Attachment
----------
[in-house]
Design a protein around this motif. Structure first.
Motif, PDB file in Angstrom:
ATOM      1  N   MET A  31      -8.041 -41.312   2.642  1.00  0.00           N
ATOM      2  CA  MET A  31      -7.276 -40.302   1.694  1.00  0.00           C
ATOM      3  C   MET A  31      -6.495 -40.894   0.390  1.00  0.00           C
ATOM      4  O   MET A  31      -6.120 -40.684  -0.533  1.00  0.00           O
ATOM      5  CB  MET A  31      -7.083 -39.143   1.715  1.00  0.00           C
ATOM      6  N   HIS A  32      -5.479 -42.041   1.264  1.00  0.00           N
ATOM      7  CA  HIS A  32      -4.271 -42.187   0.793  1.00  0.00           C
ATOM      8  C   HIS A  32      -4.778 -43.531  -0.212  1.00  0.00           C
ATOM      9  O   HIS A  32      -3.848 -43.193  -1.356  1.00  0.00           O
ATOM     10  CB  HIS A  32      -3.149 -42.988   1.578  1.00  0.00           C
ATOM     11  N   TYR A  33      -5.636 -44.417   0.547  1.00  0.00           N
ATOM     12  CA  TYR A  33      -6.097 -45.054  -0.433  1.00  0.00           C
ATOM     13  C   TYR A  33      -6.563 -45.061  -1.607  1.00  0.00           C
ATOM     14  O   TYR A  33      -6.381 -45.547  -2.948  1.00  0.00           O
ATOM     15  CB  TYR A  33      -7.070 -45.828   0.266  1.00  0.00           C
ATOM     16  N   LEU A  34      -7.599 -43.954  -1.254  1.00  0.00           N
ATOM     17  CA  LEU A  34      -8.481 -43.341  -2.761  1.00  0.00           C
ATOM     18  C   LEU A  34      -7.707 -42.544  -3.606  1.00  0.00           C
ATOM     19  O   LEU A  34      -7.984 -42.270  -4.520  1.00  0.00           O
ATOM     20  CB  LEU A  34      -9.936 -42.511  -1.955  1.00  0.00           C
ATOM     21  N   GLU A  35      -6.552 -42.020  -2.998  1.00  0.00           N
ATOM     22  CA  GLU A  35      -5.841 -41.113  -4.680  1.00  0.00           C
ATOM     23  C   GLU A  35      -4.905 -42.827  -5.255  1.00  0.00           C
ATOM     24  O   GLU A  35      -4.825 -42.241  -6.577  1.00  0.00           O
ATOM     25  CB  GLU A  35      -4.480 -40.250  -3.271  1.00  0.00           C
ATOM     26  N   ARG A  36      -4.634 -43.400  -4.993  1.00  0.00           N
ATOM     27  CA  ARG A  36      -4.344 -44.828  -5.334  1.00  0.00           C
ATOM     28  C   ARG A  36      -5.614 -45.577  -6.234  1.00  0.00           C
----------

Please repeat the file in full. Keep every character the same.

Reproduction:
[in-house]
Design a protein around this motif. Structure first.
Motif, PDB file in Angstrom:
ATOM      1  N   MET A  31      -8.041 -41.312   2.642  1.00  0.00           N
ATOM      2  CA  MET A  31      -7.276 -40.302   1.694  1.00  0.00           C
ATOM      3  C   MET A  31      -6.495 -40.894   0.390  1.00  0.00           C
ATOM      4  O   MET A  31      -6.120 -40.684  -0.533  1.00  0.00           O
ATOM      5  CB  MET A  31      -7.083 -39.143   1.715  1.00  0.00           C
ATOM      6  N   HIS A  32      -5.479 -42.041   1.264  1.00  0.00           N
ATOM      7  CA  HIS A  32      -4.271 -42.187   0.793  1.00  0.00           C
ATOM      8  C   HIS A  32      -4.778 -43.531  -0.212  1.00  0.00           C
ATOM      9  O   HIS A  32      -3.848 -43.193  -1.356  1.00  0.00           O
ATOM     10  CB  HIS A  32      -3.149 -42.988   1.578  1.00  0.00           C
ATOM     11  N   TYR A  33      -5.636 -44.417   0.547  1.00  0.00           N
ATOM     12  CA  TYR A  33      -6.097 -45.054  -0.433  1.00  0.00           C
ATOM     13  C   TYR A  33      -6.563 -45.061  -1.607  1.00  0.00           C
ATOM     14  O   TYR A  33      -6.381 -45.547  -2.948  1.00  0.00           O
ATOM     15  CB  TYR A  33      -7.070 -45.828   0.266  1.00  0.00           C
ATOM     16  N   LEU A  34      -7.599 -43.954  -1.254  1.00  0.00           N
ATOM     17  CA  LEU A  34      -8.481 -43.341  -2.761  1.00  0.00           C
ATOM     18  C   LEU A  34      -7.707 -42.544  -3.606  1.00  0.00           C
ATOM     19  O   LEU A  34      -7.984 -42.270  -4.520  1.00  0.00           O
ATOM     20  CB  LEU A  34      -9.936 -42.511  -1.955  1.00  0.00           C
ATOM     21  N   GLU A  35      -6.552 -42.020  -2.998  1.00  0.00           N
ATOM     22  CA  GLU A  35      -5.841 -41.113  -4.680  1.00  0.00           C
ATOM     23  C   GLU A  35      -4.905 -42.827  -5.255  1.00  0.00           C
ATOM     24  O   GLU A  35      -4.825 -42.241  -6.577  1.00  0.00           O
ATOM     25  CB  GLU A  35      -4.480 -40.250  -3.271  1.00  0.00           C
ATOM     26  N   ARG A  36      -4.634 -43.400  -4.993  1.00  0.00           N
ATOM     27  CA  ARG A  36      -4.344 -44.828  -5.334  1.00  0.00           C
ATOM     28  C   ARG A  36      -5.614 -45.577  -6.234  1.00  0.00           C